Thursday, April 23, 2015

Femme d'une age

Femme d’une age certaine
they say with a Gallic quirk of the eyebrow,
as if this sweetly whispered label
makes any damned difference
to those of us sandwiched between
adult children and death.

Women of a certain age,
you know, them,
the ones who are no longer first in line
and whose talents and achievements are recited
as if they were an old mantra
from now-defunct religion.

Donna di una certa età,
say those dark-eyed men with
twitchy fingers at the rumps of
younger women who do not yet
know better than to walk too close—
Sono ossessionati dai loro peni.

They, who wrap us in these words
before relegating us to the shelf,
do not understand the truth of this age.
There’s a reason we witches are not
depicted as kittenish young girls,
but as sleek, powerful cougars.

We are only à mi-chemin,
a metà strada,
halfway through with you.

Copyright 2015 by Femme Malheureuse
Graphic: Fruit, c. 1897, Alfons Maria Mucha

Wednesday, April 22, 2015


Monday motorcade moans
a mile away from where I lay
waking to lingering regret.

This is an anniversary
marked by many motorists
though they don't know
they weren't invited.

Built from a decade
of self-denial and sweat,
this house sits square
parallel to the highway.

Emerging from a field
the color of puffballs
surfacing beneath the soil
where corn once grew,

The frame assembled
then windows sealed
the snow and rain from
hearthstone inside.

Deer hunters' morning,
the sounds of men and trucks
faded with each window
falling into its sash.

Looking out the wet glass
over the sapling-studded grass
I knew in my bones
the trees would shield me.

But I was wrong,
each morning a reminder
that life doesn't stop
once a goal is attained.

Did the trees know
another truth in the earth
below them and this house
I built ten years ago?

They do not mask
the motorists' march a mile away
or failure's maudlin emotion
this side of the pane.

Copyright 2015 by Femme Malheureuse
Graphic: Regret by karmablue via Flickr

Tuesday, April 21, 2015


hum of suburbia
widest riding mower deck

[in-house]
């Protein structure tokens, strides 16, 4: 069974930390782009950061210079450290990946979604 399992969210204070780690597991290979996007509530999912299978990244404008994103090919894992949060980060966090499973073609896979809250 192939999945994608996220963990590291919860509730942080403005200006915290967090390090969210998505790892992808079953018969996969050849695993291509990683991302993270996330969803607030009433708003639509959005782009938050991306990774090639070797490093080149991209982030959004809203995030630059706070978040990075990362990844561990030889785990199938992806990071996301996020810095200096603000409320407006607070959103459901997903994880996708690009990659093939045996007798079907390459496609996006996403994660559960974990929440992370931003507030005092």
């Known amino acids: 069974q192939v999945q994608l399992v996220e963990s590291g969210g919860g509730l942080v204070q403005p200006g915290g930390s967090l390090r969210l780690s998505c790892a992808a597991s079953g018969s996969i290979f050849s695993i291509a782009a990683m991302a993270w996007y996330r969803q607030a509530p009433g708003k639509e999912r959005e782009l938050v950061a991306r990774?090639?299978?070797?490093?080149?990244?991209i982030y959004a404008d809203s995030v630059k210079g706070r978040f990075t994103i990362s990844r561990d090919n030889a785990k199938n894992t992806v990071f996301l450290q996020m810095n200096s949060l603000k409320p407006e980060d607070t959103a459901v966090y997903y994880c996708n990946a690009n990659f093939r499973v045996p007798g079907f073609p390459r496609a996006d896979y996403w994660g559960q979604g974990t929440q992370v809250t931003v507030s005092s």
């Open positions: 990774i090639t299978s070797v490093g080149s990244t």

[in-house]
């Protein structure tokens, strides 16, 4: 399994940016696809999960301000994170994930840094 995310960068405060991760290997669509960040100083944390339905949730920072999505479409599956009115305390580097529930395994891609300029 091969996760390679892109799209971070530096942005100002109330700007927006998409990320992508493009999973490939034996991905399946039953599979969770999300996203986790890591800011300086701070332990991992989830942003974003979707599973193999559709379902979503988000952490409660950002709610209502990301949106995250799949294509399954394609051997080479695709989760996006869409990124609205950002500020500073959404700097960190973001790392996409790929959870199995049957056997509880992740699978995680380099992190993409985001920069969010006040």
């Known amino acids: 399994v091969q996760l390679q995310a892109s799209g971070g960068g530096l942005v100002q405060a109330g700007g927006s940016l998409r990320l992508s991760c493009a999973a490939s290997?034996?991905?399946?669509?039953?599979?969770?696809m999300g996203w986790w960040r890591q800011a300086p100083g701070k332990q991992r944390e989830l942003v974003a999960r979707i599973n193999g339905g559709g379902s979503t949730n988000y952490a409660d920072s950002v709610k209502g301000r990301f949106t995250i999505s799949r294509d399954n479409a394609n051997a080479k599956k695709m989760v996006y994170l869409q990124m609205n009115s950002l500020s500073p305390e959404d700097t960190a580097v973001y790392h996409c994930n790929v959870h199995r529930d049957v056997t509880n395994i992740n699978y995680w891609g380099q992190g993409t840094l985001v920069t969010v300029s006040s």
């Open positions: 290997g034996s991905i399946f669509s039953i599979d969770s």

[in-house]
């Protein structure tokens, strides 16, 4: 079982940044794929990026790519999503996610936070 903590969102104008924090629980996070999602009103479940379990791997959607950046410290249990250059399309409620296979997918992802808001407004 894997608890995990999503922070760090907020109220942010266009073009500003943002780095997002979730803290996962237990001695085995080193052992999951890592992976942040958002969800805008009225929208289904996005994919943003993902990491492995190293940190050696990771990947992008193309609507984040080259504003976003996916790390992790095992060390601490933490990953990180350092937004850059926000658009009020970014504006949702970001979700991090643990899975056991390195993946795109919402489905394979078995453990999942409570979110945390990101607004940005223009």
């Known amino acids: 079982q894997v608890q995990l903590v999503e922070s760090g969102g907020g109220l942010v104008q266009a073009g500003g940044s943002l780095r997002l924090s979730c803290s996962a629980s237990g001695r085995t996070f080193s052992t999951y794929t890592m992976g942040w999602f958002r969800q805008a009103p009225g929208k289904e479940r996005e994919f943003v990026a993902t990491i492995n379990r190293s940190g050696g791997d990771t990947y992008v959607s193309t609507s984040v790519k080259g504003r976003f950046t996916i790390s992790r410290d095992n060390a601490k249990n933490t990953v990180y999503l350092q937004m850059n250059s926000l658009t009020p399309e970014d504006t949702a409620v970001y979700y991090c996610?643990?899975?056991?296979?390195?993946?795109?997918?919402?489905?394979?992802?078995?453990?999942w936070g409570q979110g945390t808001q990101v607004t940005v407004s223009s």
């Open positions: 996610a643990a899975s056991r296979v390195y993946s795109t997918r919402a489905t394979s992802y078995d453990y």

hovering over the greenest grass

whine of desert
widest wingspan
levitating over the sparest earth

plane parked
tarmac waits wetly
passenger trance along jetways

communications confused
technicians mouse warfare
weapons from too-distant screens

Copyright 2015 by Femme Malheureuse
Graphic: Fog Drone by johannesg via Flickr

Monday, April 20, 2015

Rise, Again

The photograph lies, its thousand-word array in millions of pixels
portray a second from decades past.

Helmets and batons, shields and guns, teargas and dogs,
the city’s summer streets of Sixty-Eight.

Soldiers, police weaponized, their attitude Spartan
against the Persians at Plataea.

Hoi polloi, angered, their attitude righteous,
rail against their impoverished, punishing serfdom.

But the photo lies, its focus betrays the scale
of victims’ names drawing a larger, menacing picture.

Hone in on the details, jeans, jackets, all the attire
different than it was, now nearly fifty years ago.

Forty-seven years will not fit in this frame,
spilling over the asphalt like ageless smoke, as adolescent blood flows.

Copyright 2015 by Femme Malheureuse
Graphic: Baltimore, c. 28April2015, by Arash Azizzada via Flickr

Sunday, April 19, 2015


Shades there be,
not those hues
ridiculed or ridiculous.
Reality spans
nearly nuclear white,
shy of midnight’s black,
and all the universe between,
undefined, unnamed, oft unseen.

Shades of the past drawn,
my grandmother’s furs,
the blinds on the windows,
the smoke and the ash,
the granite on her grave,